Monday, July 30, 2007

Big Chill FestivALE

First taste of Styrian Stunner

30/07/07
After 8 days in secondary/corni I took a sneaky "sample" to see if this is going to make it to the Malvern hills with us this weekend and the result is a resounding YES! Good hop nose, light lemon flavour and medium bitterness means this one is as close to what I call 'beer festival beer' (ie a golden ale) as I've made so far.

There is a tiny note of the bitterness arising from a high fermentation temperature but nothing like previous brews with Nottingham yeast (Crouch Vale Best in particular), which just haven't survived. It may be S-04 for me for a while from now on. Corni BR2 seems to lose pressure slowly, so I'll have to look into why. I'll start with replacing the lid for BC festy. This brew would be excellent with a well-managed fermentation and I think it might just be my favourite so far. Good news.

I'll have Summer That...

After hearing so much about the virtues of making a single malt / single hop brew I thought it was about time to give it a try. What better occaision than a rescue-brew to put in place of the overly-astringent Nun's Best Bitter that unfortrunately fell foul of some high fermentation temperatures and developed an unpalatable astringent taste.

The folks over at Beer Kit forum rave about this recipe from Marc Ollosson, and for good reason...

Styrian Stunner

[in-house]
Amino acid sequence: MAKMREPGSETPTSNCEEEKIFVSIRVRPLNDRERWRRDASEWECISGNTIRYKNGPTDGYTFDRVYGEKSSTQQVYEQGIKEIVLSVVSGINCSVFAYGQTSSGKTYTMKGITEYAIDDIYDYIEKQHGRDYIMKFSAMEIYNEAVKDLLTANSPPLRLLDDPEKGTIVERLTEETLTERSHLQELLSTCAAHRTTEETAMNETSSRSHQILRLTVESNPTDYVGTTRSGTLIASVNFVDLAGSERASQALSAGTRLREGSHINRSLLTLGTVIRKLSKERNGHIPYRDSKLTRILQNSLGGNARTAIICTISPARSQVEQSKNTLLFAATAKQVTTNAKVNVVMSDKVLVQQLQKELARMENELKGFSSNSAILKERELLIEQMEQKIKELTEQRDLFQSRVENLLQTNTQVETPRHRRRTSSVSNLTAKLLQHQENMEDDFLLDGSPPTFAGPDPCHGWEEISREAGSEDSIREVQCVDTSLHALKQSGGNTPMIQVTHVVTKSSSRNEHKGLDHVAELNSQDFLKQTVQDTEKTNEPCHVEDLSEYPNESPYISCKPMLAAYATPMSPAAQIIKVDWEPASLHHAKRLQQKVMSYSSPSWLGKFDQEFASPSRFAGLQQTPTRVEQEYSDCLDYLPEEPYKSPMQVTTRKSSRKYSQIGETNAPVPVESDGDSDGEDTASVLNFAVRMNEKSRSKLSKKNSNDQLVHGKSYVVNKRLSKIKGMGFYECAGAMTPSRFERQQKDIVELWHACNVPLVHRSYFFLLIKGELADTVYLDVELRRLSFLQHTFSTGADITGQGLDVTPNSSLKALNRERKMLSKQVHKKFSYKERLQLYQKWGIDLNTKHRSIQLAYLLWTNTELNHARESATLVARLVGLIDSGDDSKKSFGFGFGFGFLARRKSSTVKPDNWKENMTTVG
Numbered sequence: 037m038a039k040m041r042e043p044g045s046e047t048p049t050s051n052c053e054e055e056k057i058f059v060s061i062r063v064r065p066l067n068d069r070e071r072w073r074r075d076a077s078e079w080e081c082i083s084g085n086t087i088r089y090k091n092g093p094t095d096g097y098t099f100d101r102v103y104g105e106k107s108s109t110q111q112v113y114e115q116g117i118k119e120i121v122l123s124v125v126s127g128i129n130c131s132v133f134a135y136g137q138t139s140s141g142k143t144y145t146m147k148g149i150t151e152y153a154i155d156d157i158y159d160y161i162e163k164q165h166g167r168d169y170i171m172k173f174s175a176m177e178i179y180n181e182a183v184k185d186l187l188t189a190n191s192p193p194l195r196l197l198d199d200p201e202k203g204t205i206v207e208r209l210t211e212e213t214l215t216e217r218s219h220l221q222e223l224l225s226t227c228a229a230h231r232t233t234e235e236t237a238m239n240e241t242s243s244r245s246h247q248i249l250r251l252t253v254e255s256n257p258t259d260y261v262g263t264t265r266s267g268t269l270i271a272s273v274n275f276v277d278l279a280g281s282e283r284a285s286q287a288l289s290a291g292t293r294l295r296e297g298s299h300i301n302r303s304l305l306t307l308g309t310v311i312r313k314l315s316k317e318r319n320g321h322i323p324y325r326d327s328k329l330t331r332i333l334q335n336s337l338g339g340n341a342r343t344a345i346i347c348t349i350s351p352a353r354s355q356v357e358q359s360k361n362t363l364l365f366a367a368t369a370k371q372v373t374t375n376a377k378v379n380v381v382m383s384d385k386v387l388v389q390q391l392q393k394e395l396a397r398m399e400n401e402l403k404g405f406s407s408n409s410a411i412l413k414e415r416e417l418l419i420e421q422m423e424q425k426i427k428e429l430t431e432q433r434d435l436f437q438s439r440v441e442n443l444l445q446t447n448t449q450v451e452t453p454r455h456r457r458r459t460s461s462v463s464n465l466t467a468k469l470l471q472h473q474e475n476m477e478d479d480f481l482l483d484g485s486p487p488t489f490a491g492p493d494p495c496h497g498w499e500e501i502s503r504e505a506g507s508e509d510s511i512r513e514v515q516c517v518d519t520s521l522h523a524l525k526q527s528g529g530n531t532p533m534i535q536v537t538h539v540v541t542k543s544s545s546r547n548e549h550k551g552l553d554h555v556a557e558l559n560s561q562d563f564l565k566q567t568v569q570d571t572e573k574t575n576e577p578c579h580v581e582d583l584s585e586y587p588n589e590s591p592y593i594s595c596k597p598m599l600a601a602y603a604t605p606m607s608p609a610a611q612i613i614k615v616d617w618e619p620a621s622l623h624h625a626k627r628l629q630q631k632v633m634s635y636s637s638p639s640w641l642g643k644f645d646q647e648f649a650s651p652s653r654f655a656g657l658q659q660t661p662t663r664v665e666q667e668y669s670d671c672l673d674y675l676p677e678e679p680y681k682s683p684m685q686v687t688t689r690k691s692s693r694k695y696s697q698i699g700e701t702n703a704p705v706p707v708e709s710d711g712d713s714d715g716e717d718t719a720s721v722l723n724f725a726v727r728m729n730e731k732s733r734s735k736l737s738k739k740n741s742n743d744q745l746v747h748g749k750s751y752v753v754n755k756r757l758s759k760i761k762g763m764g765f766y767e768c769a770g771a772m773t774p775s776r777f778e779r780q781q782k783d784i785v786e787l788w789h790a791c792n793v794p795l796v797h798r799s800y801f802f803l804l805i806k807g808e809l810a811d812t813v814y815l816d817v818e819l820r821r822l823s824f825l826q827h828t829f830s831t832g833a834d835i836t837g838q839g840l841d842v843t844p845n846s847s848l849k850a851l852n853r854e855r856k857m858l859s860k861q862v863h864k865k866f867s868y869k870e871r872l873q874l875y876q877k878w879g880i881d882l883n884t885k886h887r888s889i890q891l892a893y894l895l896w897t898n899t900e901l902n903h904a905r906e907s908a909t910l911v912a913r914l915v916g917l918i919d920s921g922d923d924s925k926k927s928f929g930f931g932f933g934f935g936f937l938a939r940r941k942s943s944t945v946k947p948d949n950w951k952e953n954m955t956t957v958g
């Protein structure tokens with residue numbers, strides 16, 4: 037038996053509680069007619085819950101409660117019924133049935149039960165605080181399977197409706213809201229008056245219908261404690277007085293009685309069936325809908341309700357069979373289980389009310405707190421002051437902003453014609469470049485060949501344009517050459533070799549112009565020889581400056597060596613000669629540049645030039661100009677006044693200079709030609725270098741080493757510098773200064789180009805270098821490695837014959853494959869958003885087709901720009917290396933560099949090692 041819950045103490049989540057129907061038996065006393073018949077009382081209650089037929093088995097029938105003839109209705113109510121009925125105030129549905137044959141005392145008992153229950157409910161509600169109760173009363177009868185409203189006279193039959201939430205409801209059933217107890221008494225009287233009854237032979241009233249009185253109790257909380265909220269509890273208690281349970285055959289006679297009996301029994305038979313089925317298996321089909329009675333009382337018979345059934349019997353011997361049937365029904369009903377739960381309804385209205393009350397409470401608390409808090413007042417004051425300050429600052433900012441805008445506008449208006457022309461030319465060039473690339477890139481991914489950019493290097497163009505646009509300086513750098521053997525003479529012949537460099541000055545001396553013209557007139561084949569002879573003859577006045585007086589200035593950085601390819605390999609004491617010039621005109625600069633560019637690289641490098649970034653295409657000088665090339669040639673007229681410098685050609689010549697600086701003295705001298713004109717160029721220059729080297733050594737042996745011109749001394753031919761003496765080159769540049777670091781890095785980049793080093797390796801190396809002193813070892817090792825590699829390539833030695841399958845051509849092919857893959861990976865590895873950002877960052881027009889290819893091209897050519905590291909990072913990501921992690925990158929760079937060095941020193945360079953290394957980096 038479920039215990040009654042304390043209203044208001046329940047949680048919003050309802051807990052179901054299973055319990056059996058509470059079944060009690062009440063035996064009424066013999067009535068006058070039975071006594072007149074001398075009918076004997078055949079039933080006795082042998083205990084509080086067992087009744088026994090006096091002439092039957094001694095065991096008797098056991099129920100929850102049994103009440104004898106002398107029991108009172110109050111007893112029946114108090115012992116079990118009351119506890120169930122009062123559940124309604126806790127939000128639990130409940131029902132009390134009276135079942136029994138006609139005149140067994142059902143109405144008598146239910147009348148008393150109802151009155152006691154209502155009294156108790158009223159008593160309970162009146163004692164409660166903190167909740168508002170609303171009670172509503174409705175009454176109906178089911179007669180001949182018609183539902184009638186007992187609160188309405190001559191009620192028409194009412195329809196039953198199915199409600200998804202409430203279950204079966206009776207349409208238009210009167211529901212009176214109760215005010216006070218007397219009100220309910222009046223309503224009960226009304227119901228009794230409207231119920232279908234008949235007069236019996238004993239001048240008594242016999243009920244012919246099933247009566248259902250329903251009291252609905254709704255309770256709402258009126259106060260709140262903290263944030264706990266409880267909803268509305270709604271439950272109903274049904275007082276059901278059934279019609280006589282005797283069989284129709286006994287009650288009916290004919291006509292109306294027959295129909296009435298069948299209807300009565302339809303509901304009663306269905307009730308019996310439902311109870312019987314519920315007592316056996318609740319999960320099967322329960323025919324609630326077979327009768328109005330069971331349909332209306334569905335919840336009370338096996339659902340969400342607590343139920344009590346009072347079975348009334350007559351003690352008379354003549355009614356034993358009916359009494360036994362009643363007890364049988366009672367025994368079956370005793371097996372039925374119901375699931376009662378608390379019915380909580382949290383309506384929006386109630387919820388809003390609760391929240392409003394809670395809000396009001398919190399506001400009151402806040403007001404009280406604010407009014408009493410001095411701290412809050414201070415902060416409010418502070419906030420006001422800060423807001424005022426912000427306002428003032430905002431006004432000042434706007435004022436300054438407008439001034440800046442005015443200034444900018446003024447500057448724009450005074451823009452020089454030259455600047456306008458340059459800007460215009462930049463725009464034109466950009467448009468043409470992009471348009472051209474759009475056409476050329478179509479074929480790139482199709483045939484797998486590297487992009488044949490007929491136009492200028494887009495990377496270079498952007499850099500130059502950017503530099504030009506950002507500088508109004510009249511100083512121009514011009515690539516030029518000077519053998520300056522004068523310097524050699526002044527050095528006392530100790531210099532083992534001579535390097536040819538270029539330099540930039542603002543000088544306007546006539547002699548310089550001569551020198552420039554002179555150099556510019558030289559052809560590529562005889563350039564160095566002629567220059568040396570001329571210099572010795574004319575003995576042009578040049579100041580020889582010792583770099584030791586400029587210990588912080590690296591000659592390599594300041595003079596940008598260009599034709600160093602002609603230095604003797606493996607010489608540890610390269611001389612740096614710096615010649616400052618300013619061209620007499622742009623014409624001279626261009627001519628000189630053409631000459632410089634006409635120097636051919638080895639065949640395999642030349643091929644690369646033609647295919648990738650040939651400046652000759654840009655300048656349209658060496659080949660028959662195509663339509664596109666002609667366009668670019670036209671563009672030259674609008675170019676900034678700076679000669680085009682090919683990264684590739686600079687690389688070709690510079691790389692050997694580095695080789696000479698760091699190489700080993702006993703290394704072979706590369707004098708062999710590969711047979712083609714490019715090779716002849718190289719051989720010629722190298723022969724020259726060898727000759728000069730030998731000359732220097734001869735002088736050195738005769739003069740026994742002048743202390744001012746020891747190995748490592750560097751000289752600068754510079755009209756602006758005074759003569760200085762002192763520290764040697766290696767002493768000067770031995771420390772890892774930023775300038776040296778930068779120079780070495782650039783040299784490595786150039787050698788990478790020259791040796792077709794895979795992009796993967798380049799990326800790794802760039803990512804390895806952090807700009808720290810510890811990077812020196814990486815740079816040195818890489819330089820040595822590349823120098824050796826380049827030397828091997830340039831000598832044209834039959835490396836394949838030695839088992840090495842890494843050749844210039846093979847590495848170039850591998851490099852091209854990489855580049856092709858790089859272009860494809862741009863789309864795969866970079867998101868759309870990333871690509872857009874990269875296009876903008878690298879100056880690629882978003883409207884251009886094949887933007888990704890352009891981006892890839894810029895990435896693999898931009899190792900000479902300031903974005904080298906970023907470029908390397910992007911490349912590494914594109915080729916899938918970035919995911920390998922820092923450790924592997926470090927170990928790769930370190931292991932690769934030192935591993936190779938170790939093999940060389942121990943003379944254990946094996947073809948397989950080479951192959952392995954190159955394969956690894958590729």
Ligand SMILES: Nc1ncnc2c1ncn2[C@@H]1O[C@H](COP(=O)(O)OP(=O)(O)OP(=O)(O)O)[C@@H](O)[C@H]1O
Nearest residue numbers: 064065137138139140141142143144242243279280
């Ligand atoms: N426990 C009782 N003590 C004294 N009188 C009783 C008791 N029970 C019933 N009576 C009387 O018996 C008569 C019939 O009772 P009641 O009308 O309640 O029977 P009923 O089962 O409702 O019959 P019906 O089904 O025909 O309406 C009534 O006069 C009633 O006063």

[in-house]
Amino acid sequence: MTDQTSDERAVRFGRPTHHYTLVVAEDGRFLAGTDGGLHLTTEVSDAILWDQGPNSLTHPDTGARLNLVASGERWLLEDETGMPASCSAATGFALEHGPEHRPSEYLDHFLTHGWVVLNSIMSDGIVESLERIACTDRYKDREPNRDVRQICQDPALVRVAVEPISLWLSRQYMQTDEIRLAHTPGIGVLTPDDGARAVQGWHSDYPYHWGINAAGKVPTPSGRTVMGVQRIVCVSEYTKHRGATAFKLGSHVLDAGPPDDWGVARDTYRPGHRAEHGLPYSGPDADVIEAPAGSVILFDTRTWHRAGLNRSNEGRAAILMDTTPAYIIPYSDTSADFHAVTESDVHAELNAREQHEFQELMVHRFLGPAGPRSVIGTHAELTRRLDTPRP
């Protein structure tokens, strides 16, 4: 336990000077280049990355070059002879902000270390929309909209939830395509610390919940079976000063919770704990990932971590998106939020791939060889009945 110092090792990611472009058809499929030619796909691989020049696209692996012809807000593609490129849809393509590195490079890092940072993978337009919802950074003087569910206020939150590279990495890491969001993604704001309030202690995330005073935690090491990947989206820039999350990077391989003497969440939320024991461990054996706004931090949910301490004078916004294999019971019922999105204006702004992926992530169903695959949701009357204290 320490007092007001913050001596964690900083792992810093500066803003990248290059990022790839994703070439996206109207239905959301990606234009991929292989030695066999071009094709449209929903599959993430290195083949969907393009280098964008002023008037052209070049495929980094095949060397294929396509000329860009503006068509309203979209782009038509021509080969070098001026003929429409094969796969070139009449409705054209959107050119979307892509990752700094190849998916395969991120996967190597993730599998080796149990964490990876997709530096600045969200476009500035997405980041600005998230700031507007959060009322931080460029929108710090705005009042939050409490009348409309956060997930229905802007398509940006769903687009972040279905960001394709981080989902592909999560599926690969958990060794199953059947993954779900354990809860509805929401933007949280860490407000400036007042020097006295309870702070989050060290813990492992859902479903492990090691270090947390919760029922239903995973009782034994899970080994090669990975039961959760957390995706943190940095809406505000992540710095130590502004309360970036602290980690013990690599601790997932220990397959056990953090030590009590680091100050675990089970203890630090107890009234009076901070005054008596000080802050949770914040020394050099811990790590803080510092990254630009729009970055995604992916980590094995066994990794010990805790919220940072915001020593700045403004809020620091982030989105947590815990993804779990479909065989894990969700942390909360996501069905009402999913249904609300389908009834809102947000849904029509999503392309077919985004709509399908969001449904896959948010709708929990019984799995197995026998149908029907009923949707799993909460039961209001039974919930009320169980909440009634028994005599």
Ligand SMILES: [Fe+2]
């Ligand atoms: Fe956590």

8-B Special/Best/Premium Bitter

Size: 23.78 L
Efficiency: 76.01%
Attenuation: 79.1%
Calories: 188.76 per 1 pt

Original Gravity: 1.043
Terminal Gravity: 1.009
Color: 4.7
Alcohol: 4.44%
Bitterness: 23.31

Ingredients:
4500 g Maris Otter Pale
55.0 g Styrian Goldings (3.1%) - added during boil, boiled 90 min
20.0 g Styrian Goldings (3.1%) - added during boil, boiled 15 min
1 ea Whirlfloc Tablets (Irish moss) - added during boil, boiled 10 min
25 g Styrian Goldings (3.1%) - steeped after boil
1 ea Fermentis S-04 Safale S-04

I missed the slightly higher gravity - this one ended at 1.009 and smelt great in the fermenter. The taste was good, with great hop flavour from the styrians, which are more grapefruity than I thought.

Just under 2 weeks in the keg then this one looks like it will go to the Big Chill festival with us.

Saturday, July 07, 2007

Tasting Nun's Best - 3 weeks on

So the Nun's Best Bitter has had 3 weeks in the keg now, under a low-pressure blanket (5psi-ish) of CO2. I still wouldn't expect it to be fully ready just yet as the rule of thumb dictates an OG of 104x takes 4-5 weeks to mature to drinking stage, and a bit longer to fully condition. Around 3 weeks has usually given me a good indication to the taste of the final beer in previous brews, although time is the brewer's friend and all sorts of changes to flavours can occur during the maturation period.

Last night I tapped the keg and took off about half a pint to draw off any yeast and material that had settled to the bottom of the keg, chucked that then poured another half to taste. This is what I thought:

Colour:
A nice mid to dark gold caramel.

Clarity:
Not bright yet - a bit hazy although clear.

Aroma:
Balanced malt and goldings hop aroma, not yeasty like the first tasting.

Taste:
Lively in the mouth but quite dry.
Fresh hop flavour in the mouth becoming a building 'earthy' flavour.
Leads to a long bitter finish.

Other observations: